Visiting the Cameron Highlands is like going to the Vatican City as a Catholic. Maybe that’s a bit of an exaggeration, but you get the feeling of what I wanted to share. I’m a big tea drinker. Ever since my friend Diana introduced me the world of tea + milk with PG Tips, it has been a huge part of my daily ritual. Once, I explained why the daily ritual was important for long-term travelers, and said my ritual was drinking tea every morning. Ever since I came back to Malaysia, I drank two or three cups of teh tarik (pulled tea). One of the biggest joys is being back in the tea-loving country.
I first got to know Malaysian tea culture in 2006, when I first visited here. I saw the packets of Boh tea from time to time, but I didn’t think that it was a big deal before I got to know that was what people used to make teh tarik.
Tea can do wonders.
I went back to Malaysia in 2011, to Borneo that time. I hung out at local tea shop everyday, enjoying tea and dimsum. Afternoon tea was an important part of the people of Malaysia. I came back to Korea with a big bag of Boh classic tea. It was wonderful 80 days.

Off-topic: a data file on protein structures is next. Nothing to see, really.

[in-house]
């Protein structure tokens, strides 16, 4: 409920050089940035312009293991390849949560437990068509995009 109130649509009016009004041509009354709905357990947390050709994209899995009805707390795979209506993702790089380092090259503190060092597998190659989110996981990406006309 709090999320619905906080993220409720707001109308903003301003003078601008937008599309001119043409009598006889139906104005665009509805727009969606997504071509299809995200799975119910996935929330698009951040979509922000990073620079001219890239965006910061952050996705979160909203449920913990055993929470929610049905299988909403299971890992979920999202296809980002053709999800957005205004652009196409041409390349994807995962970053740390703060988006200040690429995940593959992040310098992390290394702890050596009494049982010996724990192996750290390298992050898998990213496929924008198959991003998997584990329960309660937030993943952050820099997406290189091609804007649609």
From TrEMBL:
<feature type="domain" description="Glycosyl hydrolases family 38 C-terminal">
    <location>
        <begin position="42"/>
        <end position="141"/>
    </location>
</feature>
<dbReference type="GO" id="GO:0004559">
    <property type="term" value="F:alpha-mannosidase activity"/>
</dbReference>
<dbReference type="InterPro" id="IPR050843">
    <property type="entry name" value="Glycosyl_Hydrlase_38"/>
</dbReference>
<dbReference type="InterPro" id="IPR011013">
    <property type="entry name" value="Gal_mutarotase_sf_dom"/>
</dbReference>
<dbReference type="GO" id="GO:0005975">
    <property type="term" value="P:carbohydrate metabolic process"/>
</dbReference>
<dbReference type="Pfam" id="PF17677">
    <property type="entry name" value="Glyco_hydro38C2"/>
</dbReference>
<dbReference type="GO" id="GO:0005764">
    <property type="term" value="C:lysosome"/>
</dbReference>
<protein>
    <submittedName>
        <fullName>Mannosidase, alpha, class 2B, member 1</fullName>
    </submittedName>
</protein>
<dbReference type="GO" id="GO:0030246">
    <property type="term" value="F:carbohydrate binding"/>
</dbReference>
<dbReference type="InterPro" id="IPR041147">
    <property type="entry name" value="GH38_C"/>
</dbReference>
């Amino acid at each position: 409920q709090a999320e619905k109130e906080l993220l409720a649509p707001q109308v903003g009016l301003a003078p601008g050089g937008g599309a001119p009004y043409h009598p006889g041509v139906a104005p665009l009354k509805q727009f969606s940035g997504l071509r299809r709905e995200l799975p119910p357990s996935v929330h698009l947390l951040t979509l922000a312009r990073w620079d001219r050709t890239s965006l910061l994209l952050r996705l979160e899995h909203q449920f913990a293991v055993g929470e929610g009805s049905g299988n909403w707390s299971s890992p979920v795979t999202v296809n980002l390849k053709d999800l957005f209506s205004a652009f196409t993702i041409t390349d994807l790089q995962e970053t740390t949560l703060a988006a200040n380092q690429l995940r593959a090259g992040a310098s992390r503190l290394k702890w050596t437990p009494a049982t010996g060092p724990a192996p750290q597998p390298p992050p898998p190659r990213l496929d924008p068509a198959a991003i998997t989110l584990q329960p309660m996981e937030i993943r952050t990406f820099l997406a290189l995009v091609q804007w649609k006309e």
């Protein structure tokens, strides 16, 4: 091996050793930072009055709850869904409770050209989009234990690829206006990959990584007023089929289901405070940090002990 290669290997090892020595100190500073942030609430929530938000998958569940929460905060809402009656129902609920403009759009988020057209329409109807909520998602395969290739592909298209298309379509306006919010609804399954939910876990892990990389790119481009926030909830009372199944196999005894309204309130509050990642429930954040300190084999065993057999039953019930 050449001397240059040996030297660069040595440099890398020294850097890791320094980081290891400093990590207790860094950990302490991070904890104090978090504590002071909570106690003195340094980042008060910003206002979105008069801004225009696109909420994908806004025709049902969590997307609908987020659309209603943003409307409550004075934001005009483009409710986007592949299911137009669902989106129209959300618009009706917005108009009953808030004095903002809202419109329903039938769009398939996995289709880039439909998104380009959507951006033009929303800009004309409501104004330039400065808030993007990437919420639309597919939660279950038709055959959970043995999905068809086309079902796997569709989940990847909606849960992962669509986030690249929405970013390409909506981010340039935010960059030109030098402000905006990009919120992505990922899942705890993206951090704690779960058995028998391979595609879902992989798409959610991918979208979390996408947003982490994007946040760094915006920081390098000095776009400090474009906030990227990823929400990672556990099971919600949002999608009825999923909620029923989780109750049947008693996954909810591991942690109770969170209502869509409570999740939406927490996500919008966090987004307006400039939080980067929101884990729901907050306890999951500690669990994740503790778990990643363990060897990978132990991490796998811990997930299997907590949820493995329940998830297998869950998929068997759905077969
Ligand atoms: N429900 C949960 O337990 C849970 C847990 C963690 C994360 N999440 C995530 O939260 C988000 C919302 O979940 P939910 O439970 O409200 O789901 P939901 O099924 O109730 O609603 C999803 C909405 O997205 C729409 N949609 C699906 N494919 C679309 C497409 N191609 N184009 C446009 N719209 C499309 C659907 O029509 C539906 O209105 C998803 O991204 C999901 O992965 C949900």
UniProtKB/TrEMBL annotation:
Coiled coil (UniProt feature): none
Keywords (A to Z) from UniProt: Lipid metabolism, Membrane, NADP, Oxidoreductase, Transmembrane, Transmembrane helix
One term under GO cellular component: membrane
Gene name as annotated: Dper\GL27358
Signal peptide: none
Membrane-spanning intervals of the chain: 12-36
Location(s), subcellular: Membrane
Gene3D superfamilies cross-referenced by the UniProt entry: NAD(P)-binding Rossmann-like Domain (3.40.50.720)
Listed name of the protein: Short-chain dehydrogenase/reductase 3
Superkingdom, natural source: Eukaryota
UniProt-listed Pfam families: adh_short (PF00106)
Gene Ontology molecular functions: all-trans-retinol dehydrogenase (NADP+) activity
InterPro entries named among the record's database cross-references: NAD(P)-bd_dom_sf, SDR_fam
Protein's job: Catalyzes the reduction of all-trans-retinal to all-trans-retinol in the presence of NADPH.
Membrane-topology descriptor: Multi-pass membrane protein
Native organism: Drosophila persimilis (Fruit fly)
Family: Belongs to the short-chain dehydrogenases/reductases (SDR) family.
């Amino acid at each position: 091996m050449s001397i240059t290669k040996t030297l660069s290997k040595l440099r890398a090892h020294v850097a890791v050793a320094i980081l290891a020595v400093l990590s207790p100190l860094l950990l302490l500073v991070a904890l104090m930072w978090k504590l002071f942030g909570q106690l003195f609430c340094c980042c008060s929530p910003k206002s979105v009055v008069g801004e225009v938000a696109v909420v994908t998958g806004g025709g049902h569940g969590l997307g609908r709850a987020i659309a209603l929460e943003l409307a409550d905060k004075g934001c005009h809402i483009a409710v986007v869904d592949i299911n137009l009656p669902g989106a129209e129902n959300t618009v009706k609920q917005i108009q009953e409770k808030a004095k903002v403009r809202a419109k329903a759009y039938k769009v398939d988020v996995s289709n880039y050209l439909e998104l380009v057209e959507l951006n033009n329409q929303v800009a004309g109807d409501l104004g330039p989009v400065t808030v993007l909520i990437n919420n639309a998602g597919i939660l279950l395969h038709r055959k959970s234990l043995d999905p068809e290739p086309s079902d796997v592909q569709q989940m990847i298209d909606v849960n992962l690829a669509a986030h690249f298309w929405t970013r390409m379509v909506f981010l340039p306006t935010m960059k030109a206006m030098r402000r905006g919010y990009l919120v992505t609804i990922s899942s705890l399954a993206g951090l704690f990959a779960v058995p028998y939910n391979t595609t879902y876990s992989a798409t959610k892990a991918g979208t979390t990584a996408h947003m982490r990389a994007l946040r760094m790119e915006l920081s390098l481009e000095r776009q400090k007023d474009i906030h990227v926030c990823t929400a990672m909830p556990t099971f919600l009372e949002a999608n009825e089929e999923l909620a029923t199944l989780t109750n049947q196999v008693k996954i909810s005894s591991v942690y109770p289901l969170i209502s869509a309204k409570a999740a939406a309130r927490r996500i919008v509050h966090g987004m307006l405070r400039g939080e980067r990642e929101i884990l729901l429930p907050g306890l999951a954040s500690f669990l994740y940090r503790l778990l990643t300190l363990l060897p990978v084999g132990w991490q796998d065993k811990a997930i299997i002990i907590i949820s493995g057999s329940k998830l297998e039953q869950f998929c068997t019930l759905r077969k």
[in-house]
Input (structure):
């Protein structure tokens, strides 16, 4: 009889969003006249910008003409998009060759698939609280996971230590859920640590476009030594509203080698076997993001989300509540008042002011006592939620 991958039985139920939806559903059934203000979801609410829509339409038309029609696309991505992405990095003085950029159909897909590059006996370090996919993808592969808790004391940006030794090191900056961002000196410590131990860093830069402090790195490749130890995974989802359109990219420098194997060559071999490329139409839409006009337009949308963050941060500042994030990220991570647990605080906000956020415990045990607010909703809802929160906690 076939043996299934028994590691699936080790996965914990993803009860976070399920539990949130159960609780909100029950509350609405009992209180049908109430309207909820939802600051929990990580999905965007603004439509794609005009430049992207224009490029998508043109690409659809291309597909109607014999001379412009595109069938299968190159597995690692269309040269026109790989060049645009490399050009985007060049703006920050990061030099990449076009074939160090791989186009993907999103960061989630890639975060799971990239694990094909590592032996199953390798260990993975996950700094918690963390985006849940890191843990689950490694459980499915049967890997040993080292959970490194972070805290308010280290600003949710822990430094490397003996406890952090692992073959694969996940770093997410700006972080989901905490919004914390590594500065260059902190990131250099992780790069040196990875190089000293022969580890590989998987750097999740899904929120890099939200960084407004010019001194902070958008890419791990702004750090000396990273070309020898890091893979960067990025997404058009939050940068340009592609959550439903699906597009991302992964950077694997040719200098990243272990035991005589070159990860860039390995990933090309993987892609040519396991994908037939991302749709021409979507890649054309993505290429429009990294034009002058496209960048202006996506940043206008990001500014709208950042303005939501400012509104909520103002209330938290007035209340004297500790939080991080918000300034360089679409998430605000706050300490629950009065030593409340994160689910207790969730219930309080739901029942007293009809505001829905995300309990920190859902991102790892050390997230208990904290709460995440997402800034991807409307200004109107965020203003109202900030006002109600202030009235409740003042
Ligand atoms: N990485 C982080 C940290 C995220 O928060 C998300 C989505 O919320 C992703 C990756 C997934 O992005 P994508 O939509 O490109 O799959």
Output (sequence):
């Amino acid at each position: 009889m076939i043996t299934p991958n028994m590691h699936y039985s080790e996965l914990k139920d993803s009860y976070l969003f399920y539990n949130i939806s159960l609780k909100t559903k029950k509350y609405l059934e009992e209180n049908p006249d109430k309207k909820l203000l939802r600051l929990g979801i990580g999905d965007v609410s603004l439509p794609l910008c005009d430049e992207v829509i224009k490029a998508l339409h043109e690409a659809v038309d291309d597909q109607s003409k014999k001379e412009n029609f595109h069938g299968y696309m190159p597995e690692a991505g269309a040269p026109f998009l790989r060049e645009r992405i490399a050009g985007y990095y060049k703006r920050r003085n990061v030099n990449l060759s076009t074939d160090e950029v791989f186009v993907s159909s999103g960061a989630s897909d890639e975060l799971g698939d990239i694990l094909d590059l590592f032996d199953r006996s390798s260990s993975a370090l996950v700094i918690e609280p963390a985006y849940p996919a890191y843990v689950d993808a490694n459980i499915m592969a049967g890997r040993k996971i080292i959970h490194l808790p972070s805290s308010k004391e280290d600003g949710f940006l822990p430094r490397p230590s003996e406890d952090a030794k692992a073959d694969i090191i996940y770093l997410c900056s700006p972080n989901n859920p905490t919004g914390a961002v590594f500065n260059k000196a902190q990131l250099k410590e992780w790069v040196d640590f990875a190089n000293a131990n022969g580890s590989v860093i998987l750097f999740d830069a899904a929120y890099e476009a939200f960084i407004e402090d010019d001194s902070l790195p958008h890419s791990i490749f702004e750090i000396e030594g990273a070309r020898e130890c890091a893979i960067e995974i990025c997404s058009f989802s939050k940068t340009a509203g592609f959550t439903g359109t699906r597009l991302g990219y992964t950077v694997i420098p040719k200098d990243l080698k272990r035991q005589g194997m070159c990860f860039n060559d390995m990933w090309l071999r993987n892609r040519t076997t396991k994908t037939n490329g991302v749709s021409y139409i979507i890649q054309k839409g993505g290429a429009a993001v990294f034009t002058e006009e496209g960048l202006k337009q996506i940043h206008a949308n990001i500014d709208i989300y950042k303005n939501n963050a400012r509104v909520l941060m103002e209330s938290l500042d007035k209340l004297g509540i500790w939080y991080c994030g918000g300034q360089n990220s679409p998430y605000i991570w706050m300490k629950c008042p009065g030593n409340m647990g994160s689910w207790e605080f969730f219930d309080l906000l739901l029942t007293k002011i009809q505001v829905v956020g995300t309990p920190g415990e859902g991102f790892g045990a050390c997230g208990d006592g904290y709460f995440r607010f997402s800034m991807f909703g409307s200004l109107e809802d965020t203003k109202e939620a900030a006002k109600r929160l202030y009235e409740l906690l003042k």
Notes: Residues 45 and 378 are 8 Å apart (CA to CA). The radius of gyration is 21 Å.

Now I’m back in Malaysia, and writing an update from Cameron Highlands, the tea country. I visited two different tea plantations in the region: Cameron Valley Bharat Tea, and BOH Sungei Palas Tea Centre. Seeing the green wave of tea made me warm and happy. The landscape was stunning, of course, but seeing the origin place of what I admire so much for the first time, was a special feeling. I had a hard time controlling myself in the tea shop, but I reminded myself the size of my backpack I have to carry for next few months.
#You don’t need to take a tour bus to get to these tea plantations. To Bharat, you can walk (4km from the town of Tanah Rata) or take a taxi (usually RM10 one way). To Boh, you can take a local bus from the bus station (goes every two hours, starting 6:30am) to Sungei Palas (RM4, one way) and walk 3km from there. It is a long walk, but the view is the best along the way.